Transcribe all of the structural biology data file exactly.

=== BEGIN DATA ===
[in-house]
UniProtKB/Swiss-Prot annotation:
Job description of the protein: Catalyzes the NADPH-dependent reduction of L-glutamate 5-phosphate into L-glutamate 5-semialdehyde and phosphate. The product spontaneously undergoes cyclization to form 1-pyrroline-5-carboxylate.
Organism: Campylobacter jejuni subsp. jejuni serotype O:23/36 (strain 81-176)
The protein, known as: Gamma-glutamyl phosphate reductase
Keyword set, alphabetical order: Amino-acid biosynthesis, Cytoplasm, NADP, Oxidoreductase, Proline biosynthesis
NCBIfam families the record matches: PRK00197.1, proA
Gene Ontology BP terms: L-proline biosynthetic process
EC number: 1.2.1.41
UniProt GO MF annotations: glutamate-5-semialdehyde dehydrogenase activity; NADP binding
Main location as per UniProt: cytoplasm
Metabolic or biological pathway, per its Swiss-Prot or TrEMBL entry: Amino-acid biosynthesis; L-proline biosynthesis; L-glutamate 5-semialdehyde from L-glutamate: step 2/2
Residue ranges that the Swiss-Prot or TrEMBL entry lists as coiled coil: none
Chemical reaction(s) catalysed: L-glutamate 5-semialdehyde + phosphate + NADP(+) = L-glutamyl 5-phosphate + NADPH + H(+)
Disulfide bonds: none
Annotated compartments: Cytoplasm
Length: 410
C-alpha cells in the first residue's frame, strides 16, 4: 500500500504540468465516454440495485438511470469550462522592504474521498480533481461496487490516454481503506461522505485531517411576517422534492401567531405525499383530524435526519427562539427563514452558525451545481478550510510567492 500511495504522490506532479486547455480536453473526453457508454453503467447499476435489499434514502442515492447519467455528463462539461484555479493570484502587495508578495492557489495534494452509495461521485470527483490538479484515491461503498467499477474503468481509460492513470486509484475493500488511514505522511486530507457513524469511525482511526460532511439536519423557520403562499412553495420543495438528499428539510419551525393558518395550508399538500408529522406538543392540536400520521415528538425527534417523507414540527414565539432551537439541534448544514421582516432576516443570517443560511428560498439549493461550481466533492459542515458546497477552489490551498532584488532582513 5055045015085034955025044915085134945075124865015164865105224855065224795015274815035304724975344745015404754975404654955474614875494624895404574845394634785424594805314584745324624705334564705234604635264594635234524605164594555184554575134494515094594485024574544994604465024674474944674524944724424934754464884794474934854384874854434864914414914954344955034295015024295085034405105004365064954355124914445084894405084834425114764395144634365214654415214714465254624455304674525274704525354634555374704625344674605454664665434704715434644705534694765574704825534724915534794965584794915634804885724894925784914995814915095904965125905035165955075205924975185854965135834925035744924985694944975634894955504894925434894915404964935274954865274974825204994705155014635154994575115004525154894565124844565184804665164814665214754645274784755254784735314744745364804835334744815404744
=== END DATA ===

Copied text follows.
[in-house]
UniProtKB/Swiss-Prot annotation:
Job description of the protein: Catalyzes the NADPH-dependent reduction of L-glutamate 5-phosphate into L-glutamate 5-semialdehyde and phosphate. The product spontaneously undergoes cyclization to form 1-pyrroline-5-carboxylate.
Organism: Campylobacter jejuni subsp. jejuni serotype O:23/36 (strain 81-176)
The protein, known as: Gamma-glutamyl phosphate reductase
Keyword set, alphabetical order: Amino-acid biosynthesis, Cytoplasm, NADP, Oxidoreductase, Proline biosynthesis
NCBIfam families the record matches: PRK00197.1, proA
Gene Ontology BP terms: L-proline biosynthetic process
EC number: 1.2.1.41
UniProt GO MF annotations: glutamate-5-semialdehyde dehydrogenase activity; NADP binding
Main location as per UniProt: cytoplasm
Metabolic or biological pathway, per its Swiss-Prot or TrEMBL entry: Amino-acid biosynthesis; L-proline biosynthesis; L-glutamate 5-semialdehyde from L-glutamate: step 2/2
Residue ranges that the Swiss-Prot or TrEMBL entry lists as coiled coil: none
Chemical reaction(s) catalysed: L-glutamate 5-semialdehyde + phosphate + NADP(+) = L-glutamyl 5-phosphate + NADPH + H(+)
Disulfide bonds: none
Annotated compartments: Cytoplasm
Length: 410
C-alpha cells in the first residue's frame, strides 16, 4: 500500500504540468465516454440495485438511470469550462522592504474521498480533481461496487490516454481503506461522505485531517411576517422534492401567531405525499383530524435526519427562539427563514452558525451545481478550510510567492 500511495504522490506532479486547455480536453473526453457508454453503467447499476435489499434514502442515492447519467455528463462539461484555479493570484502587495508578495492557489495534494452509495461521485470527483490538479484515491461503498467499477474503468481509460492513470486509484475493500488511514505522511486530507457513524469511525482511526460532511439536519423557520403562499412553495420543495438528499428539510419551525393558518395550508399538500408529522406538543392540536400520521415528538425527534417523507414540527414565539432551537439541534448544514421582516432576516443570517443560511428560498439549493461550481466533492459542515458546497477552489490551498532584488532582513 5055045015085034955025044915085134945075124865015164865105224855065224795015274815035304724975344745015404754975404654955474614875494624895404574845394634785424594805314584745324624705334564705234604635264594635234524605164594555184554575134494515094594485024574544994604465024674474944674524944724424934754464884794474934854384874854434864914414914954344955034295015024295085034405105004365064954355124914445084894405084834425114764395144634365214654415214714465254624455304674525274704525354634555374704625344674605454664665434704715434644705534694765574704825534724915534794965584794915634804885724894925784914995814915095904965125905035165955075205924975185854965135834925035744924985694944975634894955504894925434894915404964935274954865274974825204994705155014635154994575115004525154894565124844565184804665164814665214754645274784755254784735314744745364804835334744815404744